South Sudan anniversary: Salva Kiir focuses on economy
South Sudan's President Salva Kiir has said the world's newest country needs to be "independent economically" in his speech to mark the first anniversary of its independence.
Thousands of people danced and waved flags during official celebrations in the capital, Juba.
The BBC's Nyambura Wambugu, in Juba, says that few South Sudanese have seen much improvement in their lives.
But she says that most feel it has been a good year, despite the problems.
Our correspondent says it has also been a turbulent 12 months, with ethnic conflict in Jonglei State killing hundreds, conflict on the border with Sudan and a huge corruption scandal.
'Short man from Khartoum'
Mr Kiir told the crowd: "We still depend on others. Our liberty today is incomplete. We must be more than liberated. We have to be independent economically."
The official celebrations saw a military parade, featuring tanks and rocket launchers, while two helicopter flew South Sudan's flag over the heads of the cheering crowds.
UN head Ban Ki-moon had been expected but did not attend, reports the AFP news agency.
In a speech read on his behalf, Mr Ban said: "A lot has been achieved since independence, but a lot also needs to be done."
Uganda's President Yoweri Museveni said his country would support South Sudan in its struggle with "the short man from Khartoum" - seen as a reference to Sudan's President Omar al-Bashir.
Sudan's leader attended the independence celebrations a year ago but the two neighbours have since fallen out and Mr Kiir said Mr Bashir had declined an invitation, AFP reports.
When South Sudan seceded, it took 75% of the country's oil with it.
But the pipelines still run through Sudan and the former civil war enemies cannot agree on how much the South should pay in transit fees.
The dispute led South Sudan to cut off all oil exports, triggering a collapse in government revenues and tough austerity measures.
Both Sudan and the South are reliant on their oil revenues, which account for 98% of South Sudan's budget. But the two countries cannot agree how to divide the oil wealth of the former united state. Some 75% of the oil lies in the South but all the pipelines run north. It is feared that disputes over oil could lead the two neighbours to return to war.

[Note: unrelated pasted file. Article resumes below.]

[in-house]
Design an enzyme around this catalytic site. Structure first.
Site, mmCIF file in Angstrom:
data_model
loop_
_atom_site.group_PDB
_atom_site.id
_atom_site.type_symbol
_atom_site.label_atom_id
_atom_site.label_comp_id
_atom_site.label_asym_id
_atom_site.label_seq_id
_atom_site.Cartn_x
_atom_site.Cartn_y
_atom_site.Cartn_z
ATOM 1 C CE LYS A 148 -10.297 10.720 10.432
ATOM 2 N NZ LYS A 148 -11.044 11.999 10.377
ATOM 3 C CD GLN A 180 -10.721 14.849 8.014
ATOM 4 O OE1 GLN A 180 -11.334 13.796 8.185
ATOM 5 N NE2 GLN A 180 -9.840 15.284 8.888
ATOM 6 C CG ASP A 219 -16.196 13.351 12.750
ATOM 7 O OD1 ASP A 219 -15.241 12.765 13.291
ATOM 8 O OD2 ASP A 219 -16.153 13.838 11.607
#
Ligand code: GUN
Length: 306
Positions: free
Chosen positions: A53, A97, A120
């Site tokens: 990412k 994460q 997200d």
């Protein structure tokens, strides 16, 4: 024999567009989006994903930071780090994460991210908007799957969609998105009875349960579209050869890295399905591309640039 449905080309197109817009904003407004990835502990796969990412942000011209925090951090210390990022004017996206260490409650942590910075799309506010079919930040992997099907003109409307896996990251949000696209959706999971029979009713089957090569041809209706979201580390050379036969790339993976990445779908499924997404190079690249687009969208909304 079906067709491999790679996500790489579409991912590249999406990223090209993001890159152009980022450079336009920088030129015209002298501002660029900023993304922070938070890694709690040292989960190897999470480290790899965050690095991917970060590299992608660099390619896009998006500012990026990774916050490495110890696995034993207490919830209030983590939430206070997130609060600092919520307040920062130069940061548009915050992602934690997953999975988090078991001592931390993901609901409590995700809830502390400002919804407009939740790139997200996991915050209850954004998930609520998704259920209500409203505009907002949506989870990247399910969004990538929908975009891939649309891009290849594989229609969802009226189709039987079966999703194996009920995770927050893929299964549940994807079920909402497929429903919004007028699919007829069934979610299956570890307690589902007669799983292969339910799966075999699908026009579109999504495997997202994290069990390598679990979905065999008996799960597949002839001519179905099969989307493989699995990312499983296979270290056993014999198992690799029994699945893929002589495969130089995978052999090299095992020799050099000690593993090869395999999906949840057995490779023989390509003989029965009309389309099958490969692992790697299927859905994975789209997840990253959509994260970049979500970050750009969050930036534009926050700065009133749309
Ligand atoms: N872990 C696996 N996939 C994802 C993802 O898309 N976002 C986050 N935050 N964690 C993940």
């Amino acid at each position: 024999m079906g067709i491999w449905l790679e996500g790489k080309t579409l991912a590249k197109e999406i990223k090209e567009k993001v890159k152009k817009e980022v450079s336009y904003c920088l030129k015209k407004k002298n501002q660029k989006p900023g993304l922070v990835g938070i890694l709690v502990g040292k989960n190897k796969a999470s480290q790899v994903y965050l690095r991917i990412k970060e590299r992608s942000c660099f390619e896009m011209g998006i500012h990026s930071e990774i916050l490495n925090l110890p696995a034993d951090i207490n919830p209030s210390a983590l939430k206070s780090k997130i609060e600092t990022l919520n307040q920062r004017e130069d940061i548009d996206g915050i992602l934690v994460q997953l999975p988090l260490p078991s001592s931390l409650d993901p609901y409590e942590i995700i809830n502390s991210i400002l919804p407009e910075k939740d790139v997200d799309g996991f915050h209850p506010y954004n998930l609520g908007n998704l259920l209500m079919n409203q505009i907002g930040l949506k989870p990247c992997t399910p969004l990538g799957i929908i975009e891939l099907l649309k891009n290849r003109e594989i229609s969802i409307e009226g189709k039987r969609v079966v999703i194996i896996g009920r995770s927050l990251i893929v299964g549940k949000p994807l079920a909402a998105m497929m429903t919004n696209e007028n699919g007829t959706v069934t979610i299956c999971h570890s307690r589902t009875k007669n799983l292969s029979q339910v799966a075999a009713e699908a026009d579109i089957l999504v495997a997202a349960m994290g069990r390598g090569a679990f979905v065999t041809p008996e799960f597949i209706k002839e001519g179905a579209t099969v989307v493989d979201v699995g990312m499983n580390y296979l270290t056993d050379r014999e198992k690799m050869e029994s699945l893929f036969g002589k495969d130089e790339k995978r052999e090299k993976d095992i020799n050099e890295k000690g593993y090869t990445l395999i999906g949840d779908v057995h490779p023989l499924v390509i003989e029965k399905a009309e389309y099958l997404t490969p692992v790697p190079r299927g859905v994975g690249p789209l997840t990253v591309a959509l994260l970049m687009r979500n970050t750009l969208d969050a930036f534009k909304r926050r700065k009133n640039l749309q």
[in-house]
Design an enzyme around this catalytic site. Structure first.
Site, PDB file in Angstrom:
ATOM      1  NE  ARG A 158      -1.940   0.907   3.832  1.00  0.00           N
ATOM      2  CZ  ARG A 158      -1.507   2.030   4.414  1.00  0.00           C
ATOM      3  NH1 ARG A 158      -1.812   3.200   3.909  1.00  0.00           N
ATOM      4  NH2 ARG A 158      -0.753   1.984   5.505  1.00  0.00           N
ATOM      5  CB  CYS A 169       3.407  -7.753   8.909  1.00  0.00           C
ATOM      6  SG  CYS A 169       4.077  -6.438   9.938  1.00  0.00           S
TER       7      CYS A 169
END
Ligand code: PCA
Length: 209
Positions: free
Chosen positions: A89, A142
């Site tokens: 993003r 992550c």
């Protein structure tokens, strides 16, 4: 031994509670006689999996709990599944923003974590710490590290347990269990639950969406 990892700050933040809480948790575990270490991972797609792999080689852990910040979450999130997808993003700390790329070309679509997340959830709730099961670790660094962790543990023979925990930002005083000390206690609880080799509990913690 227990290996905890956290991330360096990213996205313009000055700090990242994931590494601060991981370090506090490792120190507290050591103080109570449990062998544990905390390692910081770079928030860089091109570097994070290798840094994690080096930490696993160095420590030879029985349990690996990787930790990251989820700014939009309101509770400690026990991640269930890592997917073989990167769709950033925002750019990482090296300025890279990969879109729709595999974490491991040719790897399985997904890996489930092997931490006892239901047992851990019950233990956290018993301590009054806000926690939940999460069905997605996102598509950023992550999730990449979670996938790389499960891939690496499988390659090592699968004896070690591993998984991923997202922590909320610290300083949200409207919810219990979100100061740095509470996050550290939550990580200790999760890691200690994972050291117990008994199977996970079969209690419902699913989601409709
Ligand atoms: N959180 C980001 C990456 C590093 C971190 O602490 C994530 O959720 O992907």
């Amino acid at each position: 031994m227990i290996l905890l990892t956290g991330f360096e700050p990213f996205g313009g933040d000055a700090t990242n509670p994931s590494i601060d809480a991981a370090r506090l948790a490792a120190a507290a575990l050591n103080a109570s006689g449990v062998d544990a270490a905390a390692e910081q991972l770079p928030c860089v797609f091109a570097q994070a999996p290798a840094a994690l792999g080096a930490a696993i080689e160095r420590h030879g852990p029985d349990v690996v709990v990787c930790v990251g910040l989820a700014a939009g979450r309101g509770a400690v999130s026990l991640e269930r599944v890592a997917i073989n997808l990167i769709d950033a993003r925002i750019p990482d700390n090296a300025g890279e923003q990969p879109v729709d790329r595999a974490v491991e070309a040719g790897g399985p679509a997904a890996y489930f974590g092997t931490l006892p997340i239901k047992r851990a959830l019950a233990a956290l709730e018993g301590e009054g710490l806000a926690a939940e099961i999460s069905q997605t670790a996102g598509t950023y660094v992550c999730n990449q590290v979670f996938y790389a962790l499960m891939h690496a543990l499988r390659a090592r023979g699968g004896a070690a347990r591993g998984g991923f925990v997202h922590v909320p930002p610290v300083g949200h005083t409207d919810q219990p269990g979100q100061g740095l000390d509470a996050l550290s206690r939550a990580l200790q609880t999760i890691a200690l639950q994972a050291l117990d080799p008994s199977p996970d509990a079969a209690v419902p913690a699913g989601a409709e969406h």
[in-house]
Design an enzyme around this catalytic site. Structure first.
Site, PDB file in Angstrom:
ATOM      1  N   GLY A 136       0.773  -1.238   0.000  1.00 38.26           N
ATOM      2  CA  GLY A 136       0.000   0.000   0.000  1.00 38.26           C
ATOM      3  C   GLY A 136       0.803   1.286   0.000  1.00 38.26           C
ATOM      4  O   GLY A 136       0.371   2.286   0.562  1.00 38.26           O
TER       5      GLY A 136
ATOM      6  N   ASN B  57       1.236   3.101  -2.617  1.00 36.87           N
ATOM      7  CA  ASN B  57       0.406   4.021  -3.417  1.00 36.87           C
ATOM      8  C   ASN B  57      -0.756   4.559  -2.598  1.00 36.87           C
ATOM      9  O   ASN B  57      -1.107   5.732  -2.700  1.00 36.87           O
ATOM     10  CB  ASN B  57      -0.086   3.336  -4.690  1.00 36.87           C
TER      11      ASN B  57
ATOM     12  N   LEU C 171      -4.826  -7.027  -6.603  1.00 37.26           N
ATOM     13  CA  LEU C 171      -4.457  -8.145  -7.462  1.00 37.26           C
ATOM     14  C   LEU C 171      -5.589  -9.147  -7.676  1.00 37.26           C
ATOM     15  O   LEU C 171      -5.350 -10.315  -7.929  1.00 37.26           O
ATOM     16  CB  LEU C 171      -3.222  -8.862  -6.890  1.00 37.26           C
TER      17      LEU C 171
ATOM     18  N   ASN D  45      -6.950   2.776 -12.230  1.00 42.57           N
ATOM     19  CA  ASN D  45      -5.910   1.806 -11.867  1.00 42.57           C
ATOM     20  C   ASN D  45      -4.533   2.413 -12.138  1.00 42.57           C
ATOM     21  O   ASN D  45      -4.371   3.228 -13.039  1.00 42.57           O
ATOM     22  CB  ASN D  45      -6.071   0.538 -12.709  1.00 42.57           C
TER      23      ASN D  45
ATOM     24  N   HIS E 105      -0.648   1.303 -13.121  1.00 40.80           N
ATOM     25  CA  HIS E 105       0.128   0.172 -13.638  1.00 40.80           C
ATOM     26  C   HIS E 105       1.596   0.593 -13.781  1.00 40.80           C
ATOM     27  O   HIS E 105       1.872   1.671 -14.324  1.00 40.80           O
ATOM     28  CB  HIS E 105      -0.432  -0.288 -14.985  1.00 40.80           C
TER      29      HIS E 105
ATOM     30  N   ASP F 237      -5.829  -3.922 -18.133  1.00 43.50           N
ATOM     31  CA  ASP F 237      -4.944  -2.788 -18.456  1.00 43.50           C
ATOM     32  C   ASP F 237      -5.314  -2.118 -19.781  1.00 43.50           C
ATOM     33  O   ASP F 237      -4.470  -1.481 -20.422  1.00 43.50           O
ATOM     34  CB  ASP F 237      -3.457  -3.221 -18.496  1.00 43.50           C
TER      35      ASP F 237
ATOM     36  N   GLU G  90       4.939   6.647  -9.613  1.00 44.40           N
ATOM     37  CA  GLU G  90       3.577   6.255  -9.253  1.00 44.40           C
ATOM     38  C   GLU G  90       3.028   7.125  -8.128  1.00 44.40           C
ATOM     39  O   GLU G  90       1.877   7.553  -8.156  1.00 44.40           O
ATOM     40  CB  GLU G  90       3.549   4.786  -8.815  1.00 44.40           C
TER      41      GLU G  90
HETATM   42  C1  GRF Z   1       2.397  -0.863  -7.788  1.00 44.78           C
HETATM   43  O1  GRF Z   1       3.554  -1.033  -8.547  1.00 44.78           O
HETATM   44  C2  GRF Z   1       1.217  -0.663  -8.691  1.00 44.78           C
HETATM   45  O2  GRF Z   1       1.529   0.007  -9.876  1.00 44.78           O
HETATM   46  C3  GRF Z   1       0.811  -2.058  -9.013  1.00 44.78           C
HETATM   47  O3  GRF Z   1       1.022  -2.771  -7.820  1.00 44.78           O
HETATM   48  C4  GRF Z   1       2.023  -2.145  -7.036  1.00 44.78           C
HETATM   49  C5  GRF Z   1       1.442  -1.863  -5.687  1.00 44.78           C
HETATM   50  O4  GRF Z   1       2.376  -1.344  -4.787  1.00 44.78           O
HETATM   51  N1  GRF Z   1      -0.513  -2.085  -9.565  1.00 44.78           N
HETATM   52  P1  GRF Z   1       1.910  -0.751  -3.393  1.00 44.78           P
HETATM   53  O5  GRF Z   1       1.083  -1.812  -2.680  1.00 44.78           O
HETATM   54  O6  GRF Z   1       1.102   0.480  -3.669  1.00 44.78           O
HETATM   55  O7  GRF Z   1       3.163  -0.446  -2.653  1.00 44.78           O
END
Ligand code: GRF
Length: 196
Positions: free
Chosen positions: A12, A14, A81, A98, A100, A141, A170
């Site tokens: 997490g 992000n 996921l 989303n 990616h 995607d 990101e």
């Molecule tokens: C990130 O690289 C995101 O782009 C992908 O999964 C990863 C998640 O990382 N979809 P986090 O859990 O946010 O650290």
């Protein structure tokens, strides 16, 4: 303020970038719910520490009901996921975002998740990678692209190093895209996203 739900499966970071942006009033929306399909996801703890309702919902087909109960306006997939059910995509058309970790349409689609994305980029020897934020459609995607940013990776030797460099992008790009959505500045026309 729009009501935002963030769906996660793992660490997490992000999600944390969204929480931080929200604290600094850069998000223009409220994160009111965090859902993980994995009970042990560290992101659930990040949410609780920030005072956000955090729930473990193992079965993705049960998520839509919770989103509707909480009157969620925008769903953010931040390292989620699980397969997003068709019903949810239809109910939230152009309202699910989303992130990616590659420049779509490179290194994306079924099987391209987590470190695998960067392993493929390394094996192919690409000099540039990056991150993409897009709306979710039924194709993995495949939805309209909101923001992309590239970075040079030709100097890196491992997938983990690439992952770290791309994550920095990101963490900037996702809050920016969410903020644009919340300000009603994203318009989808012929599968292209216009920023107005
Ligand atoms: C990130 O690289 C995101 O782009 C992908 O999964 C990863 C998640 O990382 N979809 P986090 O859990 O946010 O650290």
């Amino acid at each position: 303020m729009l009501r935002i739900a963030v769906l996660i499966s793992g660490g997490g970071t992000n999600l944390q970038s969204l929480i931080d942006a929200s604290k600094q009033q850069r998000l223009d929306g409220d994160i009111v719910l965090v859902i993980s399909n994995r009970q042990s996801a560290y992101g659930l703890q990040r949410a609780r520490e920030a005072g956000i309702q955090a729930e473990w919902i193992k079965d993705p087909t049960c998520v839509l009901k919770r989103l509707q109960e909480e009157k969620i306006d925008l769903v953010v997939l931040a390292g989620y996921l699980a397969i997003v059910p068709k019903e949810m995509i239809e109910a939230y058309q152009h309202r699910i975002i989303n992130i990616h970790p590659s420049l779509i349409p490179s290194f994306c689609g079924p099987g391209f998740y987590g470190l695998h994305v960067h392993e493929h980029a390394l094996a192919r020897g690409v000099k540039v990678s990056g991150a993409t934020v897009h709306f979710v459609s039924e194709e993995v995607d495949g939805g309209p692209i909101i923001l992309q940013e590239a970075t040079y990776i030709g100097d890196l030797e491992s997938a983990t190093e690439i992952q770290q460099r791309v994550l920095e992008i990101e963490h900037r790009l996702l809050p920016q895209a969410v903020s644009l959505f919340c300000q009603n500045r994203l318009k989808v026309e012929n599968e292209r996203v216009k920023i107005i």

Although they were united for many years, the two Sudans were always very different. The great divide is visible even from space, as this Nasa satellite image shows. The northern states are a blanket of desert, broken only by the fertile Nile corridor. South Sudan is covered by green swathes of grassland, swamps and tropical forest.
Sudan's arid north is mainly home to Arabic-speaking Muslims. But in South Sudan there is no dominant culture. The Dinkas and the Nuers are the largest of more than 200 ethnic groups, each with its own languages and traditional beliefs, alongside Christianity and Islam.
The health inequalities in Sudan are illustrated by infant mortality rates. In South Sudan, one in 10 children die before their first birthday. Whereas in the more developed northern states, such as Gezira and White Nile, half of those children would be expected to survive.
The gulf in water resources between north and south is stark. In Khartoum, River Nile, and Gezira states, two-thirds of people have access to piped drinking water and pit latrines. In the south, boreholes and unprotected wells are the main drinking sources. More than 80% of southerners have no toilet facilities whatsoever.
Throughout the two Sudans, access to primary school education is strongly linked to household earnings. In the poorest parts of the south, less than 1% of children finish primary school. Whereas in the wealthier north, up to 50% of children complete primary level education.
Conflict and poverty are the main causes of food insecurity in both countries. In Sudan, many of the residents of war-affected Darfur and the border states of Blue Nile and South Kordofan, depend on food aid. The UN said about 2.8m people in South Sudan would require food aid in 2013. The northern states tend to be wealthier, more urbanised and less reliant on agriculture.